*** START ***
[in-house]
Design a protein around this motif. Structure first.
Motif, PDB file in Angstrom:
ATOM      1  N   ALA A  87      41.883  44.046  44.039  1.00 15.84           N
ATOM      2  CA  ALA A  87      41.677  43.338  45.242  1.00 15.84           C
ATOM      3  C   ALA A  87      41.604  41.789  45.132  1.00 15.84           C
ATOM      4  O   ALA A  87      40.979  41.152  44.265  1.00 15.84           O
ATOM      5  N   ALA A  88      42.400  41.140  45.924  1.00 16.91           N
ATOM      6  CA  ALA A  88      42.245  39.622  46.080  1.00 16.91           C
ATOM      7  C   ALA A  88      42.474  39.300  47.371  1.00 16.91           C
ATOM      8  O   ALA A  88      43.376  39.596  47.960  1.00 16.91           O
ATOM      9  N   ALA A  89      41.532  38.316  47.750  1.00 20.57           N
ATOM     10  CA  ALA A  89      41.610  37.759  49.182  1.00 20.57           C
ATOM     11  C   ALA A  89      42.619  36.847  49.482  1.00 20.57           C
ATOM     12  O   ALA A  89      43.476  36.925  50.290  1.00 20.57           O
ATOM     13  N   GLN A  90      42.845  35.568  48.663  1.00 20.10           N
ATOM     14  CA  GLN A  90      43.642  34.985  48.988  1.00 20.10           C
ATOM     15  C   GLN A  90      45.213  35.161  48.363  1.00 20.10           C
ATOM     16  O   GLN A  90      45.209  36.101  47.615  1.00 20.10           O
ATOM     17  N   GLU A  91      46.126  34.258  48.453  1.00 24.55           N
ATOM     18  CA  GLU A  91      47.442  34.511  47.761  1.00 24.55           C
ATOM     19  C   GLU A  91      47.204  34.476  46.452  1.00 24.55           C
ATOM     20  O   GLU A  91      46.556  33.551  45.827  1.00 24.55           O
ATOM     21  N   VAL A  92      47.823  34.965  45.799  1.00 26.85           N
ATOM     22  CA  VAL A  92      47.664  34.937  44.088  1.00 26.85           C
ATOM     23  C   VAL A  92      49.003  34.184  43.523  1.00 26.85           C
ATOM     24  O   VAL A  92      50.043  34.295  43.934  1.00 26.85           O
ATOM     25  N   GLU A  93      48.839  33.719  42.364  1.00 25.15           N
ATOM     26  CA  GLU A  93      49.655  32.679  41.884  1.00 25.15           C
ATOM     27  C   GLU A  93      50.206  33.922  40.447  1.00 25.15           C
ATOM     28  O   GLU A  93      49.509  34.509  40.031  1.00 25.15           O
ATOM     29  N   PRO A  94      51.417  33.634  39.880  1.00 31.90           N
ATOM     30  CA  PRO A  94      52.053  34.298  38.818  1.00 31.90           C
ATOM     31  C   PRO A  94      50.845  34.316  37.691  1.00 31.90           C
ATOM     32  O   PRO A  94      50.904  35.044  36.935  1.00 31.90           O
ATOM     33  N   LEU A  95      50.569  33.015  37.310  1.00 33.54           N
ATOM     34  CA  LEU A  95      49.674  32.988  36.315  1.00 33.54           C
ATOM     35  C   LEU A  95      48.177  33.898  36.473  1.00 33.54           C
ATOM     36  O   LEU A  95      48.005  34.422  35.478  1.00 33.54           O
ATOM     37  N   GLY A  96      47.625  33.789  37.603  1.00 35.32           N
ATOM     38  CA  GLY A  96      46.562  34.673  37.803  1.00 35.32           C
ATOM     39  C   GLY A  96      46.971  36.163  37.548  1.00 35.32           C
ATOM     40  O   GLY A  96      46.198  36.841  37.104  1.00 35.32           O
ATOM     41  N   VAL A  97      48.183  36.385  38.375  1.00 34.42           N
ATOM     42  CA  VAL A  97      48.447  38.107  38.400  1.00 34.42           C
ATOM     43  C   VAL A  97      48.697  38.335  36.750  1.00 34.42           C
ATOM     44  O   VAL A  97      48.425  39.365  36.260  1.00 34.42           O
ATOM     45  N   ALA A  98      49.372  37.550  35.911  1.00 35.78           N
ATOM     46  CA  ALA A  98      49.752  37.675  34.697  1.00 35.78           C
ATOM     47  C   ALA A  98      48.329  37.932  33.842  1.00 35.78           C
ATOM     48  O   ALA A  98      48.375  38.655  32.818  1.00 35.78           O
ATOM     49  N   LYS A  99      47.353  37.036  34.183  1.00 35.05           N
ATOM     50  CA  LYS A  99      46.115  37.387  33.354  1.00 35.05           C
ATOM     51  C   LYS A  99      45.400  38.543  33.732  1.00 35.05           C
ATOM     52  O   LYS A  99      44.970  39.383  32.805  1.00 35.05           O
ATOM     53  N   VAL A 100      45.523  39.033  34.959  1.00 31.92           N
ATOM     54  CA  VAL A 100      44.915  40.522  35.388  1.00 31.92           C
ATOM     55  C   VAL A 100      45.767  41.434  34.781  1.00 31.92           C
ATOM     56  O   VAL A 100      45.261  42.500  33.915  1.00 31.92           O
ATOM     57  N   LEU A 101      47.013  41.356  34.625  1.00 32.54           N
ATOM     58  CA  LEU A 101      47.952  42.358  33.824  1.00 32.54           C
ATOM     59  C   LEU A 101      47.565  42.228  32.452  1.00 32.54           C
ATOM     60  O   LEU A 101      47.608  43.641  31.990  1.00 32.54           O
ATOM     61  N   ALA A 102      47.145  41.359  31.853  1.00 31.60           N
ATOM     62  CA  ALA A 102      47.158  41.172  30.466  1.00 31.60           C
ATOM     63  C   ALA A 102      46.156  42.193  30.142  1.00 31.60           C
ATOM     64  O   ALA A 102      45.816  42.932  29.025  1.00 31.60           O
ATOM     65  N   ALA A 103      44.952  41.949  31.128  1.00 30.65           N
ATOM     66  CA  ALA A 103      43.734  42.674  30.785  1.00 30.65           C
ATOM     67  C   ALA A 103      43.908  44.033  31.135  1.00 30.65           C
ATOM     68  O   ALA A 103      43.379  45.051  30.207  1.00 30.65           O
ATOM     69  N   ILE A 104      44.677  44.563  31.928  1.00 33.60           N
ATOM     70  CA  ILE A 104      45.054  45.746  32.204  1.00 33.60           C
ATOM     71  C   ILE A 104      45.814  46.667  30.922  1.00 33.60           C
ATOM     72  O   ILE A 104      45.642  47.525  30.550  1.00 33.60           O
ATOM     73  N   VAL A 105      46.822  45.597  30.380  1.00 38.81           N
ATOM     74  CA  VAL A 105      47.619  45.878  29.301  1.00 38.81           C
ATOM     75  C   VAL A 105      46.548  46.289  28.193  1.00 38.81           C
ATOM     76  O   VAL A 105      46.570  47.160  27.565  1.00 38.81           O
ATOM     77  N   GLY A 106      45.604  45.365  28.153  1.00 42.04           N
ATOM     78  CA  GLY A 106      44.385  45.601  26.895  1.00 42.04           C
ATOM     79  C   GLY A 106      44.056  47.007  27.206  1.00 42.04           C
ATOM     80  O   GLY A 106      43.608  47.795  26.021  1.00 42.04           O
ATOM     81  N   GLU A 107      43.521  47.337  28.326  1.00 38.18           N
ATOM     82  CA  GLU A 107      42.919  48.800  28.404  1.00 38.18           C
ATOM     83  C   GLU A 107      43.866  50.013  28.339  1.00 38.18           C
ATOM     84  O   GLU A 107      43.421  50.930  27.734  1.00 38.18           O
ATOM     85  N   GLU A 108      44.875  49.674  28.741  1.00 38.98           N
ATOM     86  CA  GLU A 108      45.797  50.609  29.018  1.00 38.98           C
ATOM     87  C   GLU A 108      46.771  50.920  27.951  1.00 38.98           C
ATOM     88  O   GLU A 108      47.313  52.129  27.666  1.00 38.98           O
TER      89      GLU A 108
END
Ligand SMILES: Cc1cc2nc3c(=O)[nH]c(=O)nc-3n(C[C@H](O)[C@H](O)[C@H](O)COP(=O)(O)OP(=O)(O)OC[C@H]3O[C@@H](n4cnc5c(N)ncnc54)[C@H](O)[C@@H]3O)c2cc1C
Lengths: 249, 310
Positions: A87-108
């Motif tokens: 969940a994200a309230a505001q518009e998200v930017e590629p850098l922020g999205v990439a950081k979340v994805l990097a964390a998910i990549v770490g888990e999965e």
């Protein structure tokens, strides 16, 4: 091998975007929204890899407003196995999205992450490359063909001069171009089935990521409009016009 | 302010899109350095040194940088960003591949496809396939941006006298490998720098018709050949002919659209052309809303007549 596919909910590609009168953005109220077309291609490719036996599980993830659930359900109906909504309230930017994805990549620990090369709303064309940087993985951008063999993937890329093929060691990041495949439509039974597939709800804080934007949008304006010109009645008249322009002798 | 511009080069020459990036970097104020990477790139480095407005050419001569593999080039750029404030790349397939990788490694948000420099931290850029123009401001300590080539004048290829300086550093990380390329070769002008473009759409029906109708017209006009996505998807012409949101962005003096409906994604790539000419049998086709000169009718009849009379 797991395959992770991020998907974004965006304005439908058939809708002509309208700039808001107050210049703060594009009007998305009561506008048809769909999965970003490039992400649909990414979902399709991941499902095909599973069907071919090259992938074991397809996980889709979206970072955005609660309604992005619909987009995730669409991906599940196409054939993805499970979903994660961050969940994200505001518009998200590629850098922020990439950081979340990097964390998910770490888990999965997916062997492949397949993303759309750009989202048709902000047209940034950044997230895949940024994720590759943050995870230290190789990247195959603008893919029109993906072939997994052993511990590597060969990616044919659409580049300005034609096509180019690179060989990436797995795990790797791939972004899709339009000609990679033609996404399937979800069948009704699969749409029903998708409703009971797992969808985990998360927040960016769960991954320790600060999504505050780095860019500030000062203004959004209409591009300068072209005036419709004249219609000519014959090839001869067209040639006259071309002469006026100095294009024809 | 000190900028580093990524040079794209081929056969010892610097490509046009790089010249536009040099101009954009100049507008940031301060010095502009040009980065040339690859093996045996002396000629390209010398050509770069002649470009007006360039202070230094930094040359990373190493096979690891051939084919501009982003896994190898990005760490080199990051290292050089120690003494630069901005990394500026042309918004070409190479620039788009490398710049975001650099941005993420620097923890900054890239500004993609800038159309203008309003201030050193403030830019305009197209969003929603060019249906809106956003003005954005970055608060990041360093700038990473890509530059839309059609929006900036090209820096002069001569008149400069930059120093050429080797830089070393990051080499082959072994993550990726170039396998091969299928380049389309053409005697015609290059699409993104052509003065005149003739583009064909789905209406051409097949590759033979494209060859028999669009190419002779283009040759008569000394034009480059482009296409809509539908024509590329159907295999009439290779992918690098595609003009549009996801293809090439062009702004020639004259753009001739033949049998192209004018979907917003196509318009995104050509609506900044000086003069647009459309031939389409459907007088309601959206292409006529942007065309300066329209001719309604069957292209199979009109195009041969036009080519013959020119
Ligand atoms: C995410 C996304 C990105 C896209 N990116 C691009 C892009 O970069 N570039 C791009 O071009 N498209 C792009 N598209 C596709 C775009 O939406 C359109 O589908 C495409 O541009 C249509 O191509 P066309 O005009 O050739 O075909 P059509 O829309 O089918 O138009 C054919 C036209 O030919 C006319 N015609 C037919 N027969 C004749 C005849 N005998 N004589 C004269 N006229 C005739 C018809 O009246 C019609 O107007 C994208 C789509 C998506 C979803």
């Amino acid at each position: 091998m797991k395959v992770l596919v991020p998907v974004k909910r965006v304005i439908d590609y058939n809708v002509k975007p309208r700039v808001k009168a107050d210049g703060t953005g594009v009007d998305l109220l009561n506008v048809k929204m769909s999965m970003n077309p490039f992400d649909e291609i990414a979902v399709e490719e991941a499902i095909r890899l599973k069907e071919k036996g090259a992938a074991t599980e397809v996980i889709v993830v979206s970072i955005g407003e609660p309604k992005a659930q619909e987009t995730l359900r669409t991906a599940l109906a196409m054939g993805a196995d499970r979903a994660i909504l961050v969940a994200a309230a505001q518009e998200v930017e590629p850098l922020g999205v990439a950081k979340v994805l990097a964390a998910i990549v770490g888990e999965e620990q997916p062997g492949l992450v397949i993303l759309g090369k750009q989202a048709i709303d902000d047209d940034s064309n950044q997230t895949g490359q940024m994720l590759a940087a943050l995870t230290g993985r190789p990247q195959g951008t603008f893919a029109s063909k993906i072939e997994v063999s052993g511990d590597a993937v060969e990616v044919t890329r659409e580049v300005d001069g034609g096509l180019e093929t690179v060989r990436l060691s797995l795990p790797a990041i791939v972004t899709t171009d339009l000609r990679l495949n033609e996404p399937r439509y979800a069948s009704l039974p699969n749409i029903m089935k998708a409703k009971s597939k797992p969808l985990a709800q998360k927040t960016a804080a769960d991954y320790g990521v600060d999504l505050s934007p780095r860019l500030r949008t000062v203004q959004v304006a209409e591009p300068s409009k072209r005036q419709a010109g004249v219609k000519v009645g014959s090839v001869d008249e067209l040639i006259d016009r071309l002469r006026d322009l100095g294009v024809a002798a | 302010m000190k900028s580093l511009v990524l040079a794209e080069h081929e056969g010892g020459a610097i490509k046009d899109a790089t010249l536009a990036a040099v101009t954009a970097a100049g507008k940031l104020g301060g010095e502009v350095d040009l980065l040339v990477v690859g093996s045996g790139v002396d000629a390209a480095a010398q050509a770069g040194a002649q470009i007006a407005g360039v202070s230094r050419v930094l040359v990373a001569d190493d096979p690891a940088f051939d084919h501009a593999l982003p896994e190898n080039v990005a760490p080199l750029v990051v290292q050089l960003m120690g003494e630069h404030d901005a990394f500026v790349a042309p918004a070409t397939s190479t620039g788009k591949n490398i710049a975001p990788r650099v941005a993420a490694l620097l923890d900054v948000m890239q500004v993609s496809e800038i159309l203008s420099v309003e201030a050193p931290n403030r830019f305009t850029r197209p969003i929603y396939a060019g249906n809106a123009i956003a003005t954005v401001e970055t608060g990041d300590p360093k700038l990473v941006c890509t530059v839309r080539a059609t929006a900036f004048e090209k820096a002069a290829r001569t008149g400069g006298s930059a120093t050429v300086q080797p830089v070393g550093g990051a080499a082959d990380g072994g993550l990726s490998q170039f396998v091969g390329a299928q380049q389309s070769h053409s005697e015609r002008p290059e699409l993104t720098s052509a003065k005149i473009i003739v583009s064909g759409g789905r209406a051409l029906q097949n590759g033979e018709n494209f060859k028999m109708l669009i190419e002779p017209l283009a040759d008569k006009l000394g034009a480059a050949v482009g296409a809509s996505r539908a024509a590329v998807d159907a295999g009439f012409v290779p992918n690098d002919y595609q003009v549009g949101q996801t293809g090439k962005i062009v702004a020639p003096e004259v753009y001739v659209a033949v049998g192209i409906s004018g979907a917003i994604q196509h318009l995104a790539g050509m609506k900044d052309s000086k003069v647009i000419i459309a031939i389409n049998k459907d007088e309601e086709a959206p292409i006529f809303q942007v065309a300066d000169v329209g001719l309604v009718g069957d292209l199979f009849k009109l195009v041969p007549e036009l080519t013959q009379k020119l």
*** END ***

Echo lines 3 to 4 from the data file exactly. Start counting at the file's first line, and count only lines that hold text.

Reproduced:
Motif, PDB file in Angstrom:
ATOM      1  N   ALA A  87      41.883  44.046  44.039  1.00 15.84           N